I adore literature. My mom used to say that she only recognized me by the top of my head because of the time spent engrossed in a book. If you ask me what book is my favorite, I will have a hard time choosing. There’s the one that makes me cry with each read. But then there’s the one that makes me laugh out loud every time. My gauge depends on how the writing engaged my heart.
“I love the swirl and swing of words as they tangle with human emotions.”
What about you?
How many times have you sung along with a love song, wondering how they knew just how you felt? Found a poem that spoke your heart? Composed a letter that captured your thoughts in just the right way? Devoured a book, marveling that the writer described your experience precisely? Writing that moves us reflects what it really means to be human in this world.
“The idea is to write it so that people hear it and it slides through the brain
and goes straight to the heart.”
But have you tried to write that poignant poem? Attempted to capture your experience so readers will understand? Watched the words fall into place? Know that phrase is just right?
“The difficulty of literature is not to write, but to write what you mean;
not to affect your reader, but to affect him precisely as you wish.”
Robert Louis Stevenson
Yet, the beauty of writing is that it is possible to capture that common ground.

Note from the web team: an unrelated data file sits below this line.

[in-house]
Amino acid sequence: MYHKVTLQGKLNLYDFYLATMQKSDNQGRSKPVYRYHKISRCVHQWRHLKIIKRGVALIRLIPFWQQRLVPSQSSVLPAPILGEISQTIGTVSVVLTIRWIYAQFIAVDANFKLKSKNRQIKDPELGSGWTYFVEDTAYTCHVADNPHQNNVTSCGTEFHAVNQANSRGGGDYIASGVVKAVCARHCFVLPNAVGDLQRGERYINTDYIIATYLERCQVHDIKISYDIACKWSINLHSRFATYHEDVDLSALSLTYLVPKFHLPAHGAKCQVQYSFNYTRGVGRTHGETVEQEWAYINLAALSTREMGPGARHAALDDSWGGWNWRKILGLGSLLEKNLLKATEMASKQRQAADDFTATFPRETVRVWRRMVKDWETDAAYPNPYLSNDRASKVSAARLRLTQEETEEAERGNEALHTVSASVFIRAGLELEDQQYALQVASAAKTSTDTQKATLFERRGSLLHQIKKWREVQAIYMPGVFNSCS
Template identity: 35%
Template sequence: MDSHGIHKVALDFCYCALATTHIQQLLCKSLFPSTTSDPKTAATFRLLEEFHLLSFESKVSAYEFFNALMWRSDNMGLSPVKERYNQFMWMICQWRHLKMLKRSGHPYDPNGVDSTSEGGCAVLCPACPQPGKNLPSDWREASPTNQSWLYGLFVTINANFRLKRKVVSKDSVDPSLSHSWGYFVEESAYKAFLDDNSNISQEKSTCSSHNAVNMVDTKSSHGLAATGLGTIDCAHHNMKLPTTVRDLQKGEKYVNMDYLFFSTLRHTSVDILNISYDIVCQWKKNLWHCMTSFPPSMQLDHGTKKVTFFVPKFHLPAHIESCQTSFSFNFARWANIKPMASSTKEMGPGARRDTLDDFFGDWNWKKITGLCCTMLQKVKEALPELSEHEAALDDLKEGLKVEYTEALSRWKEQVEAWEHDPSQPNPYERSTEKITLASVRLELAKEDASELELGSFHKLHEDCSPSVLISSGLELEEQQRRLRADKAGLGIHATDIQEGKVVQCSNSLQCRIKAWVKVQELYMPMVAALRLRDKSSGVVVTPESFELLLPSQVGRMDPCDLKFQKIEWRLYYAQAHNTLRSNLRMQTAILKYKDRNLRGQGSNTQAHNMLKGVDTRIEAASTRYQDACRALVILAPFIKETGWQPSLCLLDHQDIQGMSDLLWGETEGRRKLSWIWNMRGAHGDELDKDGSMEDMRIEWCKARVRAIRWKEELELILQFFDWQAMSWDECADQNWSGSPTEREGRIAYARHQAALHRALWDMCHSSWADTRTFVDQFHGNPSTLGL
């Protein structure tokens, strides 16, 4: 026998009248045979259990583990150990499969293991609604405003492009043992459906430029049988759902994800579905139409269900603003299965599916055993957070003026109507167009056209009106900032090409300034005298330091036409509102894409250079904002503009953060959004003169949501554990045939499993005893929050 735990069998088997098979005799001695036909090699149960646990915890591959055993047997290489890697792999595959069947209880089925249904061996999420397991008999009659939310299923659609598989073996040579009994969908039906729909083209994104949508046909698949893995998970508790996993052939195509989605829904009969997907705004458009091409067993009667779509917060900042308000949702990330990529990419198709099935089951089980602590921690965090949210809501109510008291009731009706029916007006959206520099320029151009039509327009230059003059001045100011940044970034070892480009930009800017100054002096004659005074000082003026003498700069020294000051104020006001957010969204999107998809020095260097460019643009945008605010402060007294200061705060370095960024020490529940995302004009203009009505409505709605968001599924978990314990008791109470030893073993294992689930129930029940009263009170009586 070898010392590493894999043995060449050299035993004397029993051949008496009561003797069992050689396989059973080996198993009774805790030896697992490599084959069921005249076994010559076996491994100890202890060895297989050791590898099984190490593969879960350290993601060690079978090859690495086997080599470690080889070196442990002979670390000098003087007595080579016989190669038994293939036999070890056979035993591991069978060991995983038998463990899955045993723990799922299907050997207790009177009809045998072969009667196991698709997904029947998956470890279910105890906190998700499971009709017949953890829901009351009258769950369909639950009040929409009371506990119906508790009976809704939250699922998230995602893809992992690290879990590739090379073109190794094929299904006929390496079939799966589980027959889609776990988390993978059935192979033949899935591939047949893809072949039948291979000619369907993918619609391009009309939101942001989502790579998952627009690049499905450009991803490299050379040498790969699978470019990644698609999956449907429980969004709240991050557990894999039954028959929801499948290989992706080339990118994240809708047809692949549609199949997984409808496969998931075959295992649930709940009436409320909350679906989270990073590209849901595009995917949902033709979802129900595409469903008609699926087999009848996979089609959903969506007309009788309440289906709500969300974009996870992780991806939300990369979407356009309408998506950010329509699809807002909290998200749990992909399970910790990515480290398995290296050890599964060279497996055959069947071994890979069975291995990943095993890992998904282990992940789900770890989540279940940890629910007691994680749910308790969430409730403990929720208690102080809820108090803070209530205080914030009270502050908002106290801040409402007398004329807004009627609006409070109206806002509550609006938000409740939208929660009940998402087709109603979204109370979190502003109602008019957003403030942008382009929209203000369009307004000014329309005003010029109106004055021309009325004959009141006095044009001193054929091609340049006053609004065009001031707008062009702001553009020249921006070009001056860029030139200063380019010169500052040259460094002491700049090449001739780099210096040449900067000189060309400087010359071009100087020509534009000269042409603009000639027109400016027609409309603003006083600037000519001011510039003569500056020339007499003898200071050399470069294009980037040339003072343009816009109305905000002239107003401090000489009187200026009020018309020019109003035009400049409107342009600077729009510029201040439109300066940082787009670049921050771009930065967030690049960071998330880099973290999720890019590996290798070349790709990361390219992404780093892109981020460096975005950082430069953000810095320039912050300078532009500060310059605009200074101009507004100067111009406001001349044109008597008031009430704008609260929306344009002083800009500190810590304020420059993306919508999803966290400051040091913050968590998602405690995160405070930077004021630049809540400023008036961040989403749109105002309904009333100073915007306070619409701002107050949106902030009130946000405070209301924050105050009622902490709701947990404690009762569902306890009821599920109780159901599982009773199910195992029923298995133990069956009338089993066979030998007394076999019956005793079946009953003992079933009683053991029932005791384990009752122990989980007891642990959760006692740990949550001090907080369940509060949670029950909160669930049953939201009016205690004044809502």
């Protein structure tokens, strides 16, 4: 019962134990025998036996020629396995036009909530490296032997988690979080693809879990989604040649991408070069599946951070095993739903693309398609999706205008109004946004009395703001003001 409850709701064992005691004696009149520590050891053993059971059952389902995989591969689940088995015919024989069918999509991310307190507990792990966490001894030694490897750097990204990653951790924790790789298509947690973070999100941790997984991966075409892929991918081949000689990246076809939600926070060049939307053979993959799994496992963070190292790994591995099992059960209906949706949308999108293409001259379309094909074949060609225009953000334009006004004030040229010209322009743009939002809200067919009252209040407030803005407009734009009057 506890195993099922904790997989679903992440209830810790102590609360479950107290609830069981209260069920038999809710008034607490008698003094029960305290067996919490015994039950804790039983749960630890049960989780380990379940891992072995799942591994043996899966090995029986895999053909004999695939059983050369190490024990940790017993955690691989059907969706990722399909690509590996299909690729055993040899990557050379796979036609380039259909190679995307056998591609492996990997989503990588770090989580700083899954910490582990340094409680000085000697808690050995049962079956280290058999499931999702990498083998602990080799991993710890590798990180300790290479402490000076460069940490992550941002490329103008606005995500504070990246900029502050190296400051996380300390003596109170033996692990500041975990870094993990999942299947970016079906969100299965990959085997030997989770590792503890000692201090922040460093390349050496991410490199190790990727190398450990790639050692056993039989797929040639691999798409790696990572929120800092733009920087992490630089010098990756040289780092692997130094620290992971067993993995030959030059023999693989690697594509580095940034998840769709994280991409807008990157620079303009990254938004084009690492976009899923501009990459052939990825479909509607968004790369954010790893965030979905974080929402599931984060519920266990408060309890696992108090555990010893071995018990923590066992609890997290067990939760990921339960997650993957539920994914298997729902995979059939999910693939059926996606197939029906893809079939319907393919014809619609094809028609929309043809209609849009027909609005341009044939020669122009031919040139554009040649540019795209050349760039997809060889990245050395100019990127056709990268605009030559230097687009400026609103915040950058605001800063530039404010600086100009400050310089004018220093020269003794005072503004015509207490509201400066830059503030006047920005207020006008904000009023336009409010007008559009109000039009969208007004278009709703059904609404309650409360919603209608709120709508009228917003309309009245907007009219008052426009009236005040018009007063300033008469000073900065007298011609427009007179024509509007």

A true love story that haunts me…
The doctor slowly entered the office, reserved and solemn. “Your wife will not be getting better,” he said. The young husband sat still, taking in the news. “She’ll be able to walk around, but she’ll never be independent again. She won’t regain her speech…or her personality…or her memories.”
Only ten years into their marriage, this woman developed a sudden medical condition that robbed her of herself. She would require constant care for the rest of her life but remain inert, unresponsive, a mere shadow of the person he loved dearly.
His family said, “Institutionalize her. You won’t have a life otherwise.” He did not.
His friends said, “Divorce her. You’ll be financially devastated otherwise.” He would not.
Thirty-five years later, he still is married to her, shouldering the burden of her care. She cannot speak…has not regained her personality…and does not remember him.
His friends say, “Why do you continue to do this? She doesn’t know you.”
He quietly replies, full of tenderness, “But…I know her.”
Happy Valentine’s Day
( all quotes from http://www.brainyquote.com)